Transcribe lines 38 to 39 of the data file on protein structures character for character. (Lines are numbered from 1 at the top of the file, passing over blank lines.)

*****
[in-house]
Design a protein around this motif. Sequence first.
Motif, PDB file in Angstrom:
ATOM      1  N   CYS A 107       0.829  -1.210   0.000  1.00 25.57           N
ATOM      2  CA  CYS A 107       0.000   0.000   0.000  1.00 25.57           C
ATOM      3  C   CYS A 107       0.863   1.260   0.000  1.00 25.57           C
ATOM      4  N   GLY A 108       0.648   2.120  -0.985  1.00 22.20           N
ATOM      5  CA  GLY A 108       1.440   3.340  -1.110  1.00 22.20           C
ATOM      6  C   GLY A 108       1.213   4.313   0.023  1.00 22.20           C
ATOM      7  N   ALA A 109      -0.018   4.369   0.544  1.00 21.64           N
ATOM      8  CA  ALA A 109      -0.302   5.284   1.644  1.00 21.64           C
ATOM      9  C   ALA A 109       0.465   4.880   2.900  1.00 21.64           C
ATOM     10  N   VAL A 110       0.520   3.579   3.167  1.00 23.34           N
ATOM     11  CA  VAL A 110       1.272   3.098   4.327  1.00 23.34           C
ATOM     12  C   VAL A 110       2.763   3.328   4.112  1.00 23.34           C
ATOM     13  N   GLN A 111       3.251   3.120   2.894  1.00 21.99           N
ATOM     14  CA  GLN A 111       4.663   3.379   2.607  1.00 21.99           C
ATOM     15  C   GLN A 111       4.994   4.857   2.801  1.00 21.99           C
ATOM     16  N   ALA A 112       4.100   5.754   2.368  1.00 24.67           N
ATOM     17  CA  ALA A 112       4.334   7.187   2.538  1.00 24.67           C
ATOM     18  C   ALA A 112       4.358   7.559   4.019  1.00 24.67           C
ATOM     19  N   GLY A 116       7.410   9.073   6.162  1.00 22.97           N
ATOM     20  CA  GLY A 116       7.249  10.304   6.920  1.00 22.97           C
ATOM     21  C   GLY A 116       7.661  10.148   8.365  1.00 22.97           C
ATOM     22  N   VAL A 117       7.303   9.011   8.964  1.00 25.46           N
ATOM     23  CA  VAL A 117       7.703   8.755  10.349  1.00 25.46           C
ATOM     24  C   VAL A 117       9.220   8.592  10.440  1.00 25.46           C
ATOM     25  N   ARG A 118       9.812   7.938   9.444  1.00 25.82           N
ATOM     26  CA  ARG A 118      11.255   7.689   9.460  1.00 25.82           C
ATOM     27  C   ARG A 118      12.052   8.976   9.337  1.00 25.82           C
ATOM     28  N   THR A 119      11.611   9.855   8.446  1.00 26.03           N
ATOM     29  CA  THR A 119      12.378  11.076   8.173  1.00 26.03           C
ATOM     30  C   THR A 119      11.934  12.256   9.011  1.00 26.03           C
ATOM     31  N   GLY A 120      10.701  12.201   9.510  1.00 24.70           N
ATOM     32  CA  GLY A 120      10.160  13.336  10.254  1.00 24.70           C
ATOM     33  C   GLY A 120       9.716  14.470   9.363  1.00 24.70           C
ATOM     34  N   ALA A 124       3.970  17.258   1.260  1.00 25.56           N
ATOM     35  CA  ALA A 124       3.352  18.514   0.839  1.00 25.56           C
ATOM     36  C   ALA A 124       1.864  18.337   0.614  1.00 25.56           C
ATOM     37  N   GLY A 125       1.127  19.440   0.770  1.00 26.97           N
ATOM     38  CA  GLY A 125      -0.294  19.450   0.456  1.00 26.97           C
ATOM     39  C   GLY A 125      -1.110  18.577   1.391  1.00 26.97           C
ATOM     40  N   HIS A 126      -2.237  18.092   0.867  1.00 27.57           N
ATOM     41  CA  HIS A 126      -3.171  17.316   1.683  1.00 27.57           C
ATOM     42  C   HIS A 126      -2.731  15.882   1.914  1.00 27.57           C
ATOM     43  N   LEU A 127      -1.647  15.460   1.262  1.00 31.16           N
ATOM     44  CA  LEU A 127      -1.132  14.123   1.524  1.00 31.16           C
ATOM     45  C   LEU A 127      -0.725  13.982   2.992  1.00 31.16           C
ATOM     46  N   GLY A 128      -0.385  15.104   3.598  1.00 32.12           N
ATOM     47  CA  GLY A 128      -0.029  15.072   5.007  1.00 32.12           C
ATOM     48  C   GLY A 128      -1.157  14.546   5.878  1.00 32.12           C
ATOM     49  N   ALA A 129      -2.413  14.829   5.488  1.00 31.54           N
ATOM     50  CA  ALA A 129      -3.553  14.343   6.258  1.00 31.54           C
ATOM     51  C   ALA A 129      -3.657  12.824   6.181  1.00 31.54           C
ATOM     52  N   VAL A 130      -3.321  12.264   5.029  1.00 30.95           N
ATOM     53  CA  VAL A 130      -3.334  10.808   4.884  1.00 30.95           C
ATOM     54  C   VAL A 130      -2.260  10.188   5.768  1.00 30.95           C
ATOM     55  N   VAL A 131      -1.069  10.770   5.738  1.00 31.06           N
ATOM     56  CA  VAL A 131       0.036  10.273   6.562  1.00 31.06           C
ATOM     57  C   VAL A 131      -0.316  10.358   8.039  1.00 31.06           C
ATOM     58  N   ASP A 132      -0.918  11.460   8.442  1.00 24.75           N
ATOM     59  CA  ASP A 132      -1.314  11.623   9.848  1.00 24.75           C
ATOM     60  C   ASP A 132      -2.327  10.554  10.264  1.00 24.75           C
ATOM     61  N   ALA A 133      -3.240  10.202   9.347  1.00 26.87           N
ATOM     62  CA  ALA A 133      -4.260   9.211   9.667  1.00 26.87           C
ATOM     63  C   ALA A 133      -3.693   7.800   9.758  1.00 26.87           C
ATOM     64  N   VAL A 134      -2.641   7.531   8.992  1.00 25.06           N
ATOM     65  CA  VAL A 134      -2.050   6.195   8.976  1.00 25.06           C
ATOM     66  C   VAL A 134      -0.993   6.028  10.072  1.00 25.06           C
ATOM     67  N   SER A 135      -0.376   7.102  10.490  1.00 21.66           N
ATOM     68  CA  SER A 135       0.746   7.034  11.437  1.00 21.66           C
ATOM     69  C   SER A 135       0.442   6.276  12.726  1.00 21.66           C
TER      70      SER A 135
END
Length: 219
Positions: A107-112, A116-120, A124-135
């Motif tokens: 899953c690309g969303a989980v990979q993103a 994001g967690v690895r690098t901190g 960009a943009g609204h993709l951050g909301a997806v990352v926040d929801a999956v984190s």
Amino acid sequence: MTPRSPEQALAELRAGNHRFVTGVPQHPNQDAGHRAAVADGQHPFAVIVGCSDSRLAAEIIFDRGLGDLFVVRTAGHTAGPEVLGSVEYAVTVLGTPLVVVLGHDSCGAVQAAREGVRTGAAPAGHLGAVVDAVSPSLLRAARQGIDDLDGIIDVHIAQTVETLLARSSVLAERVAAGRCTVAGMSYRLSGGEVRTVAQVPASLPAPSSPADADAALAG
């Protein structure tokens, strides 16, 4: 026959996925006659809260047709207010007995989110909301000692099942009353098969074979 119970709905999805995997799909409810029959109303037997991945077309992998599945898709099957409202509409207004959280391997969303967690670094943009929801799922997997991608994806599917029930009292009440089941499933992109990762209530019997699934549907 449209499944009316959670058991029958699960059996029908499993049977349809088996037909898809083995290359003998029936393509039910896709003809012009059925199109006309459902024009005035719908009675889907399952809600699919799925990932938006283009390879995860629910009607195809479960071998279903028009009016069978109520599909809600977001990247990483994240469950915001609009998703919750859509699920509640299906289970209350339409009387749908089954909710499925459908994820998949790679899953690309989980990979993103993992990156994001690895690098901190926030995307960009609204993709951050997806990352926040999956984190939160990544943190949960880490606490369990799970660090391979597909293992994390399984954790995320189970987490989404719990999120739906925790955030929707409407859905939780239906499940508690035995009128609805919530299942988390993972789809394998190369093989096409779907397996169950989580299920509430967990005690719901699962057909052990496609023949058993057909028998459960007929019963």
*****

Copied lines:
ATOM     35  CA  ALA A 124       3.352  18.514   0.839  1.00 25.56           C
ATOM     36  C   ALA A 124       1.864  18.337   0.614  1.00 25.56           C